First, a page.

Athens Review, Athens, Texas

August 23, 2013

A poignant story to tell

GBC mother of ‘America’s Got Talent’ winner addresses family abuse

Kathi Nailling
The Athens Review

ATHENS — Marie Fator Sligh had a hidden secret.

The one-time realtor with Johnson Monroe Realty in Gun Barrel City and the mother of former “America’s Got Talent” winner Terry Fator has written a poignant book called “Keeping Laughter Alive.”

Sligh was at the Women Council of Realtors monthly meeting on Wednesday for a book-signing.

“Keep Laughter Alive” took her five years to complete. She began writing the book after her son won the first season of America’s Got Talent in 2007.   

In the book she tells a story about a cycle of domestic abuse and how her mother was abused by her father and about how her husband continued the abuse. Her father, who abused her mother, also came from an abusive home. Sligh’s husband was also raised by abusive parents.  She divorced her husband in 1994.

In her book, Sligh explains how domestic abuse continues for generations until someone has enough courage to end the cycle.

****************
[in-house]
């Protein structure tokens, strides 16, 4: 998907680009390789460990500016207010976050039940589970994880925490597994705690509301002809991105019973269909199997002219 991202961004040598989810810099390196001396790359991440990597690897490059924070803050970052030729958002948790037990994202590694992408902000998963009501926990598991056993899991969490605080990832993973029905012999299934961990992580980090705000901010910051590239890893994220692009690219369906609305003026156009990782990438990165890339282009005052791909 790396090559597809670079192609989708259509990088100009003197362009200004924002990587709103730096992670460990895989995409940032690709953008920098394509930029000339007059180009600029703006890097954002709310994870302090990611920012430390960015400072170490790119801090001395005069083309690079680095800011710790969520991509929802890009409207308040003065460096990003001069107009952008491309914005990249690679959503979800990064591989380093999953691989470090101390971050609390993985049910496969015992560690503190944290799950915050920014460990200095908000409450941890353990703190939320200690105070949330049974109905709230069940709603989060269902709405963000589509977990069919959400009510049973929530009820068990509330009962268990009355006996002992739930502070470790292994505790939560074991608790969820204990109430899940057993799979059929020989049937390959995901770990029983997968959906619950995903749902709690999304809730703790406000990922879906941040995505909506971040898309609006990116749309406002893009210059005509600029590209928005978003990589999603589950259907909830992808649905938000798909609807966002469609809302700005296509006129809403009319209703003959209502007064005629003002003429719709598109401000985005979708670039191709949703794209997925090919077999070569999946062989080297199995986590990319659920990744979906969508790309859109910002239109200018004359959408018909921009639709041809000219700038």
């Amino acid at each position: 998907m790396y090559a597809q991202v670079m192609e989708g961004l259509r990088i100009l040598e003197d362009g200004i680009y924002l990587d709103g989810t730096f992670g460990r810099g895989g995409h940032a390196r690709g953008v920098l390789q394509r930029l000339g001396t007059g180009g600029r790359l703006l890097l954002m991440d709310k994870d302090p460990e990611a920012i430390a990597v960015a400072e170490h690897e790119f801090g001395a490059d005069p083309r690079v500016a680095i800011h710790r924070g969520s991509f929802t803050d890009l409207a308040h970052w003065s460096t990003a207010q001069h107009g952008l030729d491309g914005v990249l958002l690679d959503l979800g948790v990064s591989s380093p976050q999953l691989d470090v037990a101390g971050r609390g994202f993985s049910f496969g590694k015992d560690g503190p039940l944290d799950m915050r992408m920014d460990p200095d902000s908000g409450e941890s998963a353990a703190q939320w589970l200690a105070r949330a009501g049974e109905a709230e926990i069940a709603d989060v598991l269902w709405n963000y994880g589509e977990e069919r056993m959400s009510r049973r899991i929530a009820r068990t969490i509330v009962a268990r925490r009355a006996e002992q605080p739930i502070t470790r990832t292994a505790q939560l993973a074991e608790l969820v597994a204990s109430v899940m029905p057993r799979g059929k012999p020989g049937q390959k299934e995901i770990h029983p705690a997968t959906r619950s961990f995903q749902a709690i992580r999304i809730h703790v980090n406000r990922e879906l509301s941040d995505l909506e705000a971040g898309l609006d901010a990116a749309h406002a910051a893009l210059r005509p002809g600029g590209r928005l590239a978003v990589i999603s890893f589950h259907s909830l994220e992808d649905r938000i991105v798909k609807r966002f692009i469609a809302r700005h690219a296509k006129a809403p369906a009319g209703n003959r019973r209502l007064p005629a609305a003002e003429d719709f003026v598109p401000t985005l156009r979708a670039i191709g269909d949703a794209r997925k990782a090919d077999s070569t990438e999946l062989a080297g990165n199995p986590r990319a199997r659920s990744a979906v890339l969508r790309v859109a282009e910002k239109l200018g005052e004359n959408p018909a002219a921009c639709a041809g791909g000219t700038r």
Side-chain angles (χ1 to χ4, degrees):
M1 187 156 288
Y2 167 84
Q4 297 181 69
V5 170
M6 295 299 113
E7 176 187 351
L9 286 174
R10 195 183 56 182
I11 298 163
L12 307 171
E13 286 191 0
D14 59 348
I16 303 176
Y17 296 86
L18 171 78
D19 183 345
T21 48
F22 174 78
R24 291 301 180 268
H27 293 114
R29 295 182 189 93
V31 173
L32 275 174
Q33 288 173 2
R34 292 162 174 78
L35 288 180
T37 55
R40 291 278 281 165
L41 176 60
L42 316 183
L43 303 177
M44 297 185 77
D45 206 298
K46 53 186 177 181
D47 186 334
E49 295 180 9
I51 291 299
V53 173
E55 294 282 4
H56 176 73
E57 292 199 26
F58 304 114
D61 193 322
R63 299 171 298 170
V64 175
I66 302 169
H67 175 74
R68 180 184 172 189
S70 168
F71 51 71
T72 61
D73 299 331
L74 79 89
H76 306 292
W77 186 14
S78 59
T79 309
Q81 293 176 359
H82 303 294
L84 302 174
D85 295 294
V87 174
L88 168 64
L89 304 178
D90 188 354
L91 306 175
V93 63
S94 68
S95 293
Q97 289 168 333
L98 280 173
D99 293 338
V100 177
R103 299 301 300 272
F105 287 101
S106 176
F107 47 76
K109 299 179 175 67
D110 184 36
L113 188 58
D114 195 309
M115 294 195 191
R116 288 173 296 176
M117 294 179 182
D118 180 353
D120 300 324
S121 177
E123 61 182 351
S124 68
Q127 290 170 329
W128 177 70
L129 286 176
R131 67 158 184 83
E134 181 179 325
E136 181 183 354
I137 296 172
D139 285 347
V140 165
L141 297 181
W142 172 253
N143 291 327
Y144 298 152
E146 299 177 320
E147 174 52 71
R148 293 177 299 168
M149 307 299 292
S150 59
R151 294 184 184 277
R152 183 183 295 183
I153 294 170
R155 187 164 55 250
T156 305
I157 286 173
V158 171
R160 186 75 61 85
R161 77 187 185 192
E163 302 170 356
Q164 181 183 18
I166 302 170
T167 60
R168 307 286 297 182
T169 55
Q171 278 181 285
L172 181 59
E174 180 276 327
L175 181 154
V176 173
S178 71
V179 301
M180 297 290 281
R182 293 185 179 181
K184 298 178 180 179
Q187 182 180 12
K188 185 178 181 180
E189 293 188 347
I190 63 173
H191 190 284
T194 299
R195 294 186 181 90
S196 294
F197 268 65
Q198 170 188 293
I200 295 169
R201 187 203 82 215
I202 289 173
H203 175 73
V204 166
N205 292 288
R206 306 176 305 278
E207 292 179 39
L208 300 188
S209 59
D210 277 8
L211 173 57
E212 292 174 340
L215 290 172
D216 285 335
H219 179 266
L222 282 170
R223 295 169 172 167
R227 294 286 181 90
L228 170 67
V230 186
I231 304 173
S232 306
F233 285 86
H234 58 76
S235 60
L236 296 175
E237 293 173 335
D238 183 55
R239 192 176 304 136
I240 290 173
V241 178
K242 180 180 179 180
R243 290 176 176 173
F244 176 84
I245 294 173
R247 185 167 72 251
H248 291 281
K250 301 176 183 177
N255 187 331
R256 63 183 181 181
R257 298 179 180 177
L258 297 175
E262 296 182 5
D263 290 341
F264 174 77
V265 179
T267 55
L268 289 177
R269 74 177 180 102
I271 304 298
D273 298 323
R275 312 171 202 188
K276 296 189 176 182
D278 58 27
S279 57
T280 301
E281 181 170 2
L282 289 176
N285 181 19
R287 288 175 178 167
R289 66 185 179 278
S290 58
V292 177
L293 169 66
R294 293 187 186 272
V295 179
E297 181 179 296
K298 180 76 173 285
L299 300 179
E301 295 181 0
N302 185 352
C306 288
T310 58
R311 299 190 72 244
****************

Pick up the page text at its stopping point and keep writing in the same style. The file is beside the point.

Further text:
Sligh said the book title comes from her determination for her and her children to live life happy, despite the abuse they were all suffering at the hands of her husband. It took Marie 32 years to get out of an abuse situation. She is not sure why it took so long, other than she thought her ex-husband would kill her and her children if they parted. Or perhaps it was just fear. 

“You can be brainwashed and not know it,” she said. “No one knows what goes on behind closed doors.”

Marie told the members of WCR to rise above the difficulties in life by keeping their spirit alive. She said recognizing the early signs of abuse is empowering. It seldom starts out with violence, but gradually escalates.

In her book she says, “Abusers always know the right thing to say or do to make you feel sorry for them.

“They will stop at nothing, when exposed to deflect the attention from themselves and onto the victim or victims,” she said.

Marie said the story was difficult to write and more difficult to live, but she is blessed to have been able to overcome it. “Keeping Laughter Alive” recently won the Pinnacle Book Achievement Award  in the Memoir/Autobiogr-aphy category.

From first-hand experience, Marie knows what it is like to be trapped in an abusive situation, because of her experiences. To help other women, she has started a group called Hope for Brighter Days (HFBD).  Marie says HFBD is committed to helping those affected by abuse realize their dream of a rewarding future and freedom.

For more information on HFBD, visit the website at www.hopeforbrighterdays.org or e-mail info@hopeforbrighterdays.org.

Marie Fator Sligh's book, “Keeping Laughter Alive,” can be order from her website at www.mariefator.-com.